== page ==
More than 130 Oklahoma Muslims were volunteering at the Regional Food Bank of Oklahoma in Oklahoma City on Saturday.
Even while fasting in observance of Ramadan, Noran Abueisheh wants to make sure others don't go hungry.
Abueisheh, 15, was one of more than 130 Oklahoma Muslims to volunteer Saturday at the Regional Food Bank of Oklahoma in Oklahoma City.
Photo - Sheryl Siddiqui packages food while volunteering the fasting hours of Ramadan at the Regional Food Bank of Oklahoma ,Saturday, July 27, 2013, in Oklahoma City. About 150 Muslims from various organizations from across the state volunteered. Photo by Sarah Phipps, The Oklahoman
Ramadan is one of the five pillars of Islam. Observant Muslims abstain from food, drink and sensual pleasures from dawn to sunset during the month, which commemorates the divine revelation of the Quran to the Prophet Muhammad. The holy month ends Aug. 8
Abueisheh, a Westmoore High School student, was bagging rice from a huge box into individual packets. She said it felt good to get out and serve her community.
“It's very cool to be out here together,” she said. “We know it's important for us as a faith to get out and give back and so this feels nice.”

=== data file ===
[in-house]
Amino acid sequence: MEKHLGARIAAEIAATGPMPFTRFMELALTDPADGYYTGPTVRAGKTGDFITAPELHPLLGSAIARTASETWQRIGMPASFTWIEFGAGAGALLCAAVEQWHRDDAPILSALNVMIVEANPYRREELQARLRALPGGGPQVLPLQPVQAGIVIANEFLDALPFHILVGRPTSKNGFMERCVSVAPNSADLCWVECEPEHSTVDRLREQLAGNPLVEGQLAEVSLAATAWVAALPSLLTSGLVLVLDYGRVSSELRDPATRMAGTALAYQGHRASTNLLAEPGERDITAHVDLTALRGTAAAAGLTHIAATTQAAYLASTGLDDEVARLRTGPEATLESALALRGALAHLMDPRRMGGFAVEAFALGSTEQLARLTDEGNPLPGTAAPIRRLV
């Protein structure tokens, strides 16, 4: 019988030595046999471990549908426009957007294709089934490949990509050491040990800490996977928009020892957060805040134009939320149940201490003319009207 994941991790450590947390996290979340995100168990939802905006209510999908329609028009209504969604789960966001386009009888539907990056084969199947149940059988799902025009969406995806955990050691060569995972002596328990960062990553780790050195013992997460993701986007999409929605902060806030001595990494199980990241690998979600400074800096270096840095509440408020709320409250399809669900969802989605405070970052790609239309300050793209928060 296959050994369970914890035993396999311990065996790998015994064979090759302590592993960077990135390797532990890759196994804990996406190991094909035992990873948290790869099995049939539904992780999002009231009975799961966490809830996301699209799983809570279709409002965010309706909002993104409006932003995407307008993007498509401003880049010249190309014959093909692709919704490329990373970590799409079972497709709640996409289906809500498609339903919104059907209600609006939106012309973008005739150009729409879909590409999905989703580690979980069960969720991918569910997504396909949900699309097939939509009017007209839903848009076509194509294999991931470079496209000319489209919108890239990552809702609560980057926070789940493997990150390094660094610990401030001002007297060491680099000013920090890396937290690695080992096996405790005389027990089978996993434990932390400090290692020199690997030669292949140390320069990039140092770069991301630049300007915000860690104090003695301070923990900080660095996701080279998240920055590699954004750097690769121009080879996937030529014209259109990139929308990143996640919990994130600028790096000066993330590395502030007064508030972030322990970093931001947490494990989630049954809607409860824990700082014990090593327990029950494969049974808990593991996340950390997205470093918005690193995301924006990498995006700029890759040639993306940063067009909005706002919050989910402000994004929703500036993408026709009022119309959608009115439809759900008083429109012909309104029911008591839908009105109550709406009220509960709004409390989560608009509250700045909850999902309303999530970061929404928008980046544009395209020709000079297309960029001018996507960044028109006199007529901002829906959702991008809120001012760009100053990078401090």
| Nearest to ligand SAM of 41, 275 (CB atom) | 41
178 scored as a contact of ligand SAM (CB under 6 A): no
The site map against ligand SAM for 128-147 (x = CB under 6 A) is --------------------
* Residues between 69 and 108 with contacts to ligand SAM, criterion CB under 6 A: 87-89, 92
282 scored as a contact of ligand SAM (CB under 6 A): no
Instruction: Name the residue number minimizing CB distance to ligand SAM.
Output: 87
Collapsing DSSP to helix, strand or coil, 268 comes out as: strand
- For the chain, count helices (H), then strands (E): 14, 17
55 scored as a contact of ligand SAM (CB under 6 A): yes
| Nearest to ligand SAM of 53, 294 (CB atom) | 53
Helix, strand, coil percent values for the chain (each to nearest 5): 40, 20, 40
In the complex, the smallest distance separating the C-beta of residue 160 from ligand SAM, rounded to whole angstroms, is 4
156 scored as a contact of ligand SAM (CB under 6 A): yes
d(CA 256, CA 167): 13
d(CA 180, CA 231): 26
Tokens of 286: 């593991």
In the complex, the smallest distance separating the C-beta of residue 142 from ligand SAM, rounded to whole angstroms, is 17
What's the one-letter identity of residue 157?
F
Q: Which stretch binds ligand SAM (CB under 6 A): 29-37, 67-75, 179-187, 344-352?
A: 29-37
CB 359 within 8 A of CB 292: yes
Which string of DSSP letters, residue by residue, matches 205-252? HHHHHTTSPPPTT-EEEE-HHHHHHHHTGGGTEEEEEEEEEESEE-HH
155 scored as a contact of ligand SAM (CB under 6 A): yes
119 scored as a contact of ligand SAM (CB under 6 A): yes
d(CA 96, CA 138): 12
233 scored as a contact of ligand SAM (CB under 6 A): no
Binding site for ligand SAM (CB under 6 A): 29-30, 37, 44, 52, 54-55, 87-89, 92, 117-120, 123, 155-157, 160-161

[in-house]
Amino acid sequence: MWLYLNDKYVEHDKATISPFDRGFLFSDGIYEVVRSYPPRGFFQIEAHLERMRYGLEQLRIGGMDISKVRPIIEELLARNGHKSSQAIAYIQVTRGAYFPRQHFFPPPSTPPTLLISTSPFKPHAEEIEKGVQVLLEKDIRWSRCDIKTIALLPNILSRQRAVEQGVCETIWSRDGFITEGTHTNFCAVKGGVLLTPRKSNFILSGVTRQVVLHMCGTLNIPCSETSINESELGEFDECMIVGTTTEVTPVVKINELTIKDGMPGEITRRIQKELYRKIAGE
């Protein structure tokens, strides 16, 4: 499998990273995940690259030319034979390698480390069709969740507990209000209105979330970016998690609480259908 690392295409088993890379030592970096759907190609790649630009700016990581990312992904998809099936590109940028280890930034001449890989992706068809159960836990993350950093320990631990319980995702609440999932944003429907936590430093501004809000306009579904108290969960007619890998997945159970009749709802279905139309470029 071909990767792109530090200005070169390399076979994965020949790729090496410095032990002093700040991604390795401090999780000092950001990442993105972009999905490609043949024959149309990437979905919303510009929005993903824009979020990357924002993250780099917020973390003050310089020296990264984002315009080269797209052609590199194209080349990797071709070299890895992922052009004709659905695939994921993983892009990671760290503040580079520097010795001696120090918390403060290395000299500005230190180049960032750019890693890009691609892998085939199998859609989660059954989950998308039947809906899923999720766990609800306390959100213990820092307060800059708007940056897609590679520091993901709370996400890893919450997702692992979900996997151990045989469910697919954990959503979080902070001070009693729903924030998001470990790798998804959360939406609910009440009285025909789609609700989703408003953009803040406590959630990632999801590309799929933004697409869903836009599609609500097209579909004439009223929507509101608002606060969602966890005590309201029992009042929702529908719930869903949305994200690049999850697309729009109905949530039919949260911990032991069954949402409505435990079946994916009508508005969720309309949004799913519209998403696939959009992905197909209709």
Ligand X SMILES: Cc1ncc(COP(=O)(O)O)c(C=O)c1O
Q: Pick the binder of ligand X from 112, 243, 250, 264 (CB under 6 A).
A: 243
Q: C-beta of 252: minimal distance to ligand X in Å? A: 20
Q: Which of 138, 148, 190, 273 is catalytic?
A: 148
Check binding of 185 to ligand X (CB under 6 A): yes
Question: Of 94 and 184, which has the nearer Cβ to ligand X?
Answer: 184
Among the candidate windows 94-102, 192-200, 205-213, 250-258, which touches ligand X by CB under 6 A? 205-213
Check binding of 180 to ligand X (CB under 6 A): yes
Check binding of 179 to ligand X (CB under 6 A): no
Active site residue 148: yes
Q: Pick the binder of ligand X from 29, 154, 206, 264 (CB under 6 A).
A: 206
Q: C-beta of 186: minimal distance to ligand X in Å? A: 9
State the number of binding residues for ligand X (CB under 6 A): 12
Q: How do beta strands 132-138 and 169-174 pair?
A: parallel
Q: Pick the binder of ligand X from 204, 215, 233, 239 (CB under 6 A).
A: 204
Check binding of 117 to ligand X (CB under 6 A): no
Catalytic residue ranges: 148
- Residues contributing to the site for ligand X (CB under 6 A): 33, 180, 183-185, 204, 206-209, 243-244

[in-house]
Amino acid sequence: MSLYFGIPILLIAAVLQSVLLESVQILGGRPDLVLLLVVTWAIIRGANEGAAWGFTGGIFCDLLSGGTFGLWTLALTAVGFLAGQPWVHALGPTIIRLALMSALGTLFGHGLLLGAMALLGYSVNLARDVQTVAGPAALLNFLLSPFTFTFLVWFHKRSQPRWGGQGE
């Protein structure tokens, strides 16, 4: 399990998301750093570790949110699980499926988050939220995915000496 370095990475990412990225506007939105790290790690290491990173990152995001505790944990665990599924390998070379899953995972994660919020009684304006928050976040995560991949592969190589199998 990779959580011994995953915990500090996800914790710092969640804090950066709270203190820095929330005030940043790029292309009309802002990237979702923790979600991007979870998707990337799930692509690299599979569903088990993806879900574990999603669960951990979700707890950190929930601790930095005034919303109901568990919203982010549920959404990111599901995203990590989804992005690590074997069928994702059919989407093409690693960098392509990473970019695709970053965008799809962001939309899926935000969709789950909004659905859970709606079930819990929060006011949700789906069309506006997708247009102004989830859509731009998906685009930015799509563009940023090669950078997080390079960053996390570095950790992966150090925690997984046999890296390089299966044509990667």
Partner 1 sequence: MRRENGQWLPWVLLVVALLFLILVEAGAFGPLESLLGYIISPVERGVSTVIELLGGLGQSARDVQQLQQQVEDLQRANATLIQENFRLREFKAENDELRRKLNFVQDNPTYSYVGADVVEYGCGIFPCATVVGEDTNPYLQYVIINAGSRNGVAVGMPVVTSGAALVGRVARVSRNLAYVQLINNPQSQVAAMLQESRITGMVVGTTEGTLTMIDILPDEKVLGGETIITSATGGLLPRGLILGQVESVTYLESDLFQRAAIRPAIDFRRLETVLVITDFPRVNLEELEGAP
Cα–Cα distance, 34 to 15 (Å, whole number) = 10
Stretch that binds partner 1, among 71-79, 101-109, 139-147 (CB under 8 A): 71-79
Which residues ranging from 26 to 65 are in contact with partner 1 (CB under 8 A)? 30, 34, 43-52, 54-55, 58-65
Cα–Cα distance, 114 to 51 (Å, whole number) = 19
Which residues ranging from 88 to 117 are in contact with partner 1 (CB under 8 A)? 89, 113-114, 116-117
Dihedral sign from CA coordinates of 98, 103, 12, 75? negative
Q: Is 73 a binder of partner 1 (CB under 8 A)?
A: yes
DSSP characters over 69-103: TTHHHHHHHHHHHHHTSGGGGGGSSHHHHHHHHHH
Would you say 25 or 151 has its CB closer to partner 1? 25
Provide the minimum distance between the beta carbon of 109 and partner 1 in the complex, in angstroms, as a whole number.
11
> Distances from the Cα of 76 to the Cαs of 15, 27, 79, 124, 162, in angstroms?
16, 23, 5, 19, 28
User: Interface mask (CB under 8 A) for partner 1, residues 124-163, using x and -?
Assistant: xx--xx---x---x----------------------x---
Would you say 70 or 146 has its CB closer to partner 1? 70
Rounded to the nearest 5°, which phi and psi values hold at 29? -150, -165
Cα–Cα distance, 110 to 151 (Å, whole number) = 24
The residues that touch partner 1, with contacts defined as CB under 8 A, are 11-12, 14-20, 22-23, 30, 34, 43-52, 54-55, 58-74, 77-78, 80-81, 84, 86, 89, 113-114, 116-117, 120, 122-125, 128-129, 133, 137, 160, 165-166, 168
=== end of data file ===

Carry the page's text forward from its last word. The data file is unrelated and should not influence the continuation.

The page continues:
Volunteering at the food bank was the kickoff event to a new campaign from the Oklahoma chapter of the Council on American-Islamic Relations to take part in activities that will enhance the quality of life for fellow Oklahomans.
The Oklahoma Muslims Care campaign is designed to coordinate volunteer opportunities for Oklahoma Muslims so they can show their pride in their state through giving back.
The group busied themselves stacking boxes of apple sauce and other boxed goods in addition to the rice Abueisheh and the other girls were bagging.
The facility provides enough food to feed 90,000 Oklahomans each week, said Dennis Hollenback, the volunteer coordinator for the Regional Food Bank.
“More than 675,000 people wonder where their next meal is coming from,” he said. “It's important to have all the volunteers we can to help, and it's great to see so many young people here to help with that.”
Othman Ghanma, 16, said he was proud to be there with members of his faith and to be giving back to help feed others.
“We saw a need,” he said. “We just want to help.”
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